… but if you want to know your users in AWS, it is now easier than ever, thanks to 2 “recently” announced ALB features;

First one allows you to add authentication for existing application simply by placing an ALB in front of your service/servers and adding an authentication step in listener configuration. Second one makes it possible to replace those servers with Lambda functions and go serverless!

Together these make it easy to build a demo application that will authenticate users from Cognito as a single Cloudformation template. For simplicity I’m assuming there is already a 1) Cognito Userpool, 2) Route53 Zone and 3) matching SSL certificate in ACM available.

SAM Template will build and configure ALB, create lambda function backend and configure Cognito userpool using CFN custom resource (another Lambda function). Custom resource is required because Cloudformation doesn’t support all features of Cognito configuration :-(

Cloudformation Template

I’m not going to analyze the whole template line by line, but just highlight the most interesting details that may not be 100% obvious when doing this for the first time.

AWS::ElasticLoadBalancingV2::Listener is where most of authentication config is. This is rather self-explanatory and as I don’t have any path based routing to different backend functions I only have DefaultActions -block.

    Type: AWS::ElasticLoadBalancingV2::Listener
    DependsOn: CognitoAppClientSettings
        - Type: authenticate-cognito
          Order: 1
            OnUnauthenticatedRequest: authenticate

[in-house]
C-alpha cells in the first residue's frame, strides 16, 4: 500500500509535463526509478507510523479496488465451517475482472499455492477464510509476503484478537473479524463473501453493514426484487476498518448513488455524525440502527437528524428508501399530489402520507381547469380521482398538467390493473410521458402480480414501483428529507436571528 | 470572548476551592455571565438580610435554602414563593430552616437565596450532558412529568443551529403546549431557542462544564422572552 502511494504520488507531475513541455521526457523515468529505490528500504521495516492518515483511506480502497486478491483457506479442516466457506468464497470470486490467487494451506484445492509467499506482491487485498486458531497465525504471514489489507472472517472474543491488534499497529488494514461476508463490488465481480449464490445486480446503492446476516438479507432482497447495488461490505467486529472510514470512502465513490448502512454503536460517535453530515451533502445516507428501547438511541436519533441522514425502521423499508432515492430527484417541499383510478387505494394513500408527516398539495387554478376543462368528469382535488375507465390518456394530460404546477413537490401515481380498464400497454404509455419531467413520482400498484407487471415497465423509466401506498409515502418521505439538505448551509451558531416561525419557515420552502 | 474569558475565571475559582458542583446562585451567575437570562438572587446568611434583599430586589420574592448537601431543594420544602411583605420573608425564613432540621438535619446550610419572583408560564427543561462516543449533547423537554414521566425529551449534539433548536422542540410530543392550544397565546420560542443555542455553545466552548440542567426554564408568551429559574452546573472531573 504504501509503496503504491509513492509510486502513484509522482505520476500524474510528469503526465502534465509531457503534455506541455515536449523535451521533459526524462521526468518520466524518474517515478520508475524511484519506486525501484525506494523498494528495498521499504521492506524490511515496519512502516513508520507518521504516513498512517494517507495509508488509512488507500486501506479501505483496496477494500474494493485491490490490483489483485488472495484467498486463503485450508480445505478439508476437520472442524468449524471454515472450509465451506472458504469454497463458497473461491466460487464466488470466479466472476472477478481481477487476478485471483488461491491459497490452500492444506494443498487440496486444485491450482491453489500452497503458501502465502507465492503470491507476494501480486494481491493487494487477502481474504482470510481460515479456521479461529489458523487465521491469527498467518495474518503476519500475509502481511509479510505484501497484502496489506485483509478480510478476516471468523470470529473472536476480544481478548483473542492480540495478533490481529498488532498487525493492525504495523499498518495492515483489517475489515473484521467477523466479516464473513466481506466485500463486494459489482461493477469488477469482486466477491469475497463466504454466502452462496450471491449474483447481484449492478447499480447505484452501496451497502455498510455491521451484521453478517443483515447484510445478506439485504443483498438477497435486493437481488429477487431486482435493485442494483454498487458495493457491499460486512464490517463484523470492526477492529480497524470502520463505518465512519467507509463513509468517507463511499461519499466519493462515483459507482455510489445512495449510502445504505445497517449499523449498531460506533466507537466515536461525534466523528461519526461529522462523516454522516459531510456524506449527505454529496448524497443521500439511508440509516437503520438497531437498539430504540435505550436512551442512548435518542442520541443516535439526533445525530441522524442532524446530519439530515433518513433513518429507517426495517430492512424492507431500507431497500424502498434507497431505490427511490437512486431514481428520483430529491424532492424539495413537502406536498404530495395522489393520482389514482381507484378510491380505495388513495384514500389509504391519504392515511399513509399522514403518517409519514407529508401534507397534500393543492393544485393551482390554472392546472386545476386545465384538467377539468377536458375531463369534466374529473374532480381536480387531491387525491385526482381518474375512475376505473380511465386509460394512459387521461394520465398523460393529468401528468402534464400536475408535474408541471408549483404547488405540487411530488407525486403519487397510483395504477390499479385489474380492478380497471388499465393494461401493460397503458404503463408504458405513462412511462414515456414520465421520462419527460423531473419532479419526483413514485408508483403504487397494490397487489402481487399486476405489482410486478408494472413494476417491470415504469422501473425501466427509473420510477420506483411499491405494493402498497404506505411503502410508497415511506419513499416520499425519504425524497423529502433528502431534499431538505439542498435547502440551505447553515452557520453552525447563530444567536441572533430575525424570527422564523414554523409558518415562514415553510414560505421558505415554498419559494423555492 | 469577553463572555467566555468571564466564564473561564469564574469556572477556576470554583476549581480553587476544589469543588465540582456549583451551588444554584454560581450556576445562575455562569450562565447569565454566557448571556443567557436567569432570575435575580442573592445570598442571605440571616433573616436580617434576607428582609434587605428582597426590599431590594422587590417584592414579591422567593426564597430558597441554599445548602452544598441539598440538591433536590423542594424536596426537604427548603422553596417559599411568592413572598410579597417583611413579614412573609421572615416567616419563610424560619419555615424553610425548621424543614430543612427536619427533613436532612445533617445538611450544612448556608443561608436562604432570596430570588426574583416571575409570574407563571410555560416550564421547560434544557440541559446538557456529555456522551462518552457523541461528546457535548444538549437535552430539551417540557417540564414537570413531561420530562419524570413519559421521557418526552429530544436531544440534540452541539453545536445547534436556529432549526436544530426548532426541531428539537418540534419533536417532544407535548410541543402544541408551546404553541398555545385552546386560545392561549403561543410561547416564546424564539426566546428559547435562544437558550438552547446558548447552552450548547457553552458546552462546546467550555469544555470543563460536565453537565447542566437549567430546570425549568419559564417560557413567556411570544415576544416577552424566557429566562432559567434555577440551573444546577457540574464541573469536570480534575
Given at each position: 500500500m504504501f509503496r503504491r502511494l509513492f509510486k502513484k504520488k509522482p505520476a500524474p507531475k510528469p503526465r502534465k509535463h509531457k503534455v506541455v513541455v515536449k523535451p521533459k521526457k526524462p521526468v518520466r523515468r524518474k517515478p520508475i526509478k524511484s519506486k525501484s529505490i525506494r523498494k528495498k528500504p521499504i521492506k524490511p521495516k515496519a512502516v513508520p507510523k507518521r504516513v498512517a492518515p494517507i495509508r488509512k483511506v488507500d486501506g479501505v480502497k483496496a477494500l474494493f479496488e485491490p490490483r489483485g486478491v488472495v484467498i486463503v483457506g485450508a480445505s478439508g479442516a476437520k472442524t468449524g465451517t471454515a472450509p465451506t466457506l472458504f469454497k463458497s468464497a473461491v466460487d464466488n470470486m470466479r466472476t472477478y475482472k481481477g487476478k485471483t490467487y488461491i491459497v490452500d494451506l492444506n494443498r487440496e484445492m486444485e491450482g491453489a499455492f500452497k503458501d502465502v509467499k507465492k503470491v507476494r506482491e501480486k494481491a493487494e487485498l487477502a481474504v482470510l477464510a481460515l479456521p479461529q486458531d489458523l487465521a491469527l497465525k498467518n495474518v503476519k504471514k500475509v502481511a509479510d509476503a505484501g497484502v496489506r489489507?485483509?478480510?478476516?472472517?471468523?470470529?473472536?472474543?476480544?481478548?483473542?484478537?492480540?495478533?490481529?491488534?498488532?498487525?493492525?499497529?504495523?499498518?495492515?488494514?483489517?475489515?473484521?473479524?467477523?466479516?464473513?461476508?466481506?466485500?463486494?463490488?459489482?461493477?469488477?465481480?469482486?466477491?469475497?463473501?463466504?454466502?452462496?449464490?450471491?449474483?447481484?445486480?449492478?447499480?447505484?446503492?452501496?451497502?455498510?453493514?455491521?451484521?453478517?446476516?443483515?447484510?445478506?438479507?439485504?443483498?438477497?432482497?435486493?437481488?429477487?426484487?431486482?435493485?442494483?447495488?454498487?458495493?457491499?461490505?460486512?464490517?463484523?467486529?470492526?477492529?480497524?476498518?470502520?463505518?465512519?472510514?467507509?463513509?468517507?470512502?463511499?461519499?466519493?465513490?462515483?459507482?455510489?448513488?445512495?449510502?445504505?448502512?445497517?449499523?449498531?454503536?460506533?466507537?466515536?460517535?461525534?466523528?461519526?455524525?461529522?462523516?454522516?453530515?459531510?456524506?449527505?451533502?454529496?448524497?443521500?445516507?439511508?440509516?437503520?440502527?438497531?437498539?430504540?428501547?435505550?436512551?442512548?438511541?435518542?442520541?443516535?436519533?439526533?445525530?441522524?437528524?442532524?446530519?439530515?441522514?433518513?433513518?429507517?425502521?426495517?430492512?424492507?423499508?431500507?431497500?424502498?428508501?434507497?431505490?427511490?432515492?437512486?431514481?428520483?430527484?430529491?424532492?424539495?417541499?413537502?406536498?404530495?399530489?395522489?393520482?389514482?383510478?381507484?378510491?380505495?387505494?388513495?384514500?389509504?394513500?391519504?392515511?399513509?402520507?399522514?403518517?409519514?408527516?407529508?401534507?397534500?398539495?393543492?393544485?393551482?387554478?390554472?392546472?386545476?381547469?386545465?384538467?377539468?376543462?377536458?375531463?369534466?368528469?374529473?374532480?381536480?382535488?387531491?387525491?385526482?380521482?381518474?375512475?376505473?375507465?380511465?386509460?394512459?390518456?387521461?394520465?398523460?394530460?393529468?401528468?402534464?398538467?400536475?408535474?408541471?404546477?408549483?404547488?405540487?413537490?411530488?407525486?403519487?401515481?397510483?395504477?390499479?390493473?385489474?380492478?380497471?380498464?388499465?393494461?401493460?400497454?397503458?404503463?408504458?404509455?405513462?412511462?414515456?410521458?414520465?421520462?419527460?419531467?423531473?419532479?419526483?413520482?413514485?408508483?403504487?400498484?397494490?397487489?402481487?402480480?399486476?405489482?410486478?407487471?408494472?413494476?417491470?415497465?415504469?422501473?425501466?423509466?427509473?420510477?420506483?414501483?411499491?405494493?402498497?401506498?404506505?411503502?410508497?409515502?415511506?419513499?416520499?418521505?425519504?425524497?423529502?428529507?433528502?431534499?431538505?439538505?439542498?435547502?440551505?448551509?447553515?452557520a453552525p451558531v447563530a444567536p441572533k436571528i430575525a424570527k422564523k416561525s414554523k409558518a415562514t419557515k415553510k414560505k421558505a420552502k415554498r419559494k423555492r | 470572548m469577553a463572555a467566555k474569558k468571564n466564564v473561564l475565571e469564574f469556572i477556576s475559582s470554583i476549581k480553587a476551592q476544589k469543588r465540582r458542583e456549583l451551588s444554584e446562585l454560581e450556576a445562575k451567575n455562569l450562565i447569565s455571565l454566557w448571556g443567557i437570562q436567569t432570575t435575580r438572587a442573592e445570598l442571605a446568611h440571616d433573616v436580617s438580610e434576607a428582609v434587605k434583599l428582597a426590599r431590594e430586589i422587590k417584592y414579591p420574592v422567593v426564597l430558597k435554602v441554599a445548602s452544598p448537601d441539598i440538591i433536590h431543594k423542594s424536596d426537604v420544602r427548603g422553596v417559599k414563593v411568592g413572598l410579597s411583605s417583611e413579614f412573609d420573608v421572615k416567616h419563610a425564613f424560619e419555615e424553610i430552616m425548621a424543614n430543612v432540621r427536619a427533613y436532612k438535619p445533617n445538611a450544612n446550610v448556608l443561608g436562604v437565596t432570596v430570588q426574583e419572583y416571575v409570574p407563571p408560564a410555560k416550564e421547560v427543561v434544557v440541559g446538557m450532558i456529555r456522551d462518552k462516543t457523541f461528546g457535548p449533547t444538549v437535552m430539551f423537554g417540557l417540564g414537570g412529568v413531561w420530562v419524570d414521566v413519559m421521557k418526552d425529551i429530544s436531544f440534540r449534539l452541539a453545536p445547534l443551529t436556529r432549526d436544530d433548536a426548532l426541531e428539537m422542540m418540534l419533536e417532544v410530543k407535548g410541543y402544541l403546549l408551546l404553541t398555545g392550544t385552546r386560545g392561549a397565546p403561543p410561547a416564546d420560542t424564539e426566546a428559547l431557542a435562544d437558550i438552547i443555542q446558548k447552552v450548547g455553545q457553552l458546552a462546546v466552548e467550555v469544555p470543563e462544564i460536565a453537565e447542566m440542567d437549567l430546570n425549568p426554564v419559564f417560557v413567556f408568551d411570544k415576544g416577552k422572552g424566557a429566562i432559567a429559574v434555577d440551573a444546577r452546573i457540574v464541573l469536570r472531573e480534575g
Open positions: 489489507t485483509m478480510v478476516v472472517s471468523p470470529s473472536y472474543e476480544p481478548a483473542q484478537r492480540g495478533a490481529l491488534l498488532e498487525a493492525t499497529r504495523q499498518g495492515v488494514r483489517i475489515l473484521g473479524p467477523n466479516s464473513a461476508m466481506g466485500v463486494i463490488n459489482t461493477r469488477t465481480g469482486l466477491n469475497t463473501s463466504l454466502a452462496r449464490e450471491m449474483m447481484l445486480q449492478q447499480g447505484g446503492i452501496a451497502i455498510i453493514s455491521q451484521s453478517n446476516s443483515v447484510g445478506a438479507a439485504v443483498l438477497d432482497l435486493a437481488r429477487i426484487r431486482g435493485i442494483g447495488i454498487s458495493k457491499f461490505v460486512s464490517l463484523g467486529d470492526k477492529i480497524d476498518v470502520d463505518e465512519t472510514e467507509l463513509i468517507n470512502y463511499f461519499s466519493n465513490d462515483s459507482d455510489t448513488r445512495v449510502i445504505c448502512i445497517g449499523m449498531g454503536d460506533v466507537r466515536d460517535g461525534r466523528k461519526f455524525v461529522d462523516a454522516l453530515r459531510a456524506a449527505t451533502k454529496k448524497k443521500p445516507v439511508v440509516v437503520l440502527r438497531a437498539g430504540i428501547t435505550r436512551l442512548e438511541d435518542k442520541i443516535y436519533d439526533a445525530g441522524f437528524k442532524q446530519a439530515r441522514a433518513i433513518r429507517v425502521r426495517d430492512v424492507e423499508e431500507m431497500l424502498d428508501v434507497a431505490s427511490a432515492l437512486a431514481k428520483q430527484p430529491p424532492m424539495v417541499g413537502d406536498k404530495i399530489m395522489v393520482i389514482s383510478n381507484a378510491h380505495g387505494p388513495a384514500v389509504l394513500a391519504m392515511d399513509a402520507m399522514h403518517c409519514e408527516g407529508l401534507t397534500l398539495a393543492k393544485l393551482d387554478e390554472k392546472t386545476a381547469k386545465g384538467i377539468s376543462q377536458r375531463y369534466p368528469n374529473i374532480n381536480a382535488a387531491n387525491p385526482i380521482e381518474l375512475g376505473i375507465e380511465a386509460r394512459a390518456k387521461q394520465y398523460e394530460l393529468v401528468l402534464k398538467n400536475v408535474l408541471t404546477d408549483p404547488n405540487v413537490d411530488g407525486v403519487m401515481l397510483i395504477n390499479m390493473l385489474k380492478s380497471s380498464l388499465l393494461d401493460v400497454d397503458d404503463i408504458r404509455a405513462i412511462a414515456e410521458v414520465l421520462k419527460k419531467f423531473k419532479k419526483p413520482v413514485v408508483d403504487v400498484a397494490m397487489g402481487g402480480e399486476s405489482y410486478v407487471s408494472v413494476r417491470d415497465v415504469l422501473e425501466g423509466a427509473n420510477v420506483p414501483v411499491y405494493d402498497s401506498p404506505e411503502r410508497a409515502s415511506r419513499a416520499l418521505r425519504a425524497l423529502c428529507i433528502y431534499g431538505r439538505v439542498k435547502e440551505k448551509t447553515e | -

Scope: openid
            SessionCookieName: AWSELBAuthSessionCookie
            SessionTimeout: 60
            UserPoolArn: !Ref CognitoUserpoolArn
            UserPoolDomain: !Ref CognitoUserpoolDomain
            UserPoolClientId: !Ref CognitoAppClient
        - Type: forward
          Order: 2
          TargetGroupArn: !Ref LambdaTargetGroup
      LoadBalancerArn: !Ref ALB
      Port: 443
      Protocol: HTTPS
        - CertificateArn: !Ref SSLCert

AWS::ElasticLoadBalancingV2::TargetGroup only defines the function that is executed to process HTTP request. However, to allow ALB to execute the function you must also define AWS::Lambda::Permission and grant access to elasticloadbalancing.amazonaws.com. Permission must be granted before target group is created, that’s why the explicit dependency on LambdaExecPermission.

    Type: AWS::ElasticLoadBalancingV2::TargetGroup
    DependsOn: LambdaExecPermission
      HealthCheckEnabled: False
      Name: !Ref AWS::StackName
      TargetType: lambda
        - Id: !GetAtt JWTverifier.Arn

    Type: AWS::Lambda::Permission
      Action: lambda:InvokeFunction
      FunctionName: !GetAtt JWTverifier.Arn
      Principal: elasticloadbalancing.amazonaws.com

AWS::Cognito::UserPoolClient has very limited Cloudformation support. All you can do is create a client for given userpool and define what user attributes will be delivered.

    Type: AWS::Cognito::UserPoolClient
      ClientName: !Sub '${AWS::StackName} ALB'
      GenerateSecret: True
      RefreshTokenValidity: 1
      UserPoolId: !Select [1, !Split [ 'userpool/', !Ref CognitoUserpoolArn ]]
        - email
        - email_verified

Rest of UserPoolClient configuration is handled by calling updateUserPoolClient AWS API via custom resource. I’m using generic Lambda function which will call AWS API defined in Action with Parameters.

    Type: Custom::CognitoUserPoolClientSettings
      ServiceToken: !GetAtt CustomResource.Arn
      Service: CognitoIdentityServiceProvider
        Action: updateUserPoolClient
          UserPoolId: !Select [1, !Split [ 'userpool/', !Ref CognitoUserpoolArn ]]
          ClientId: !Ref CognitoAppClient
          AllowedOAuthFlows: [ code ]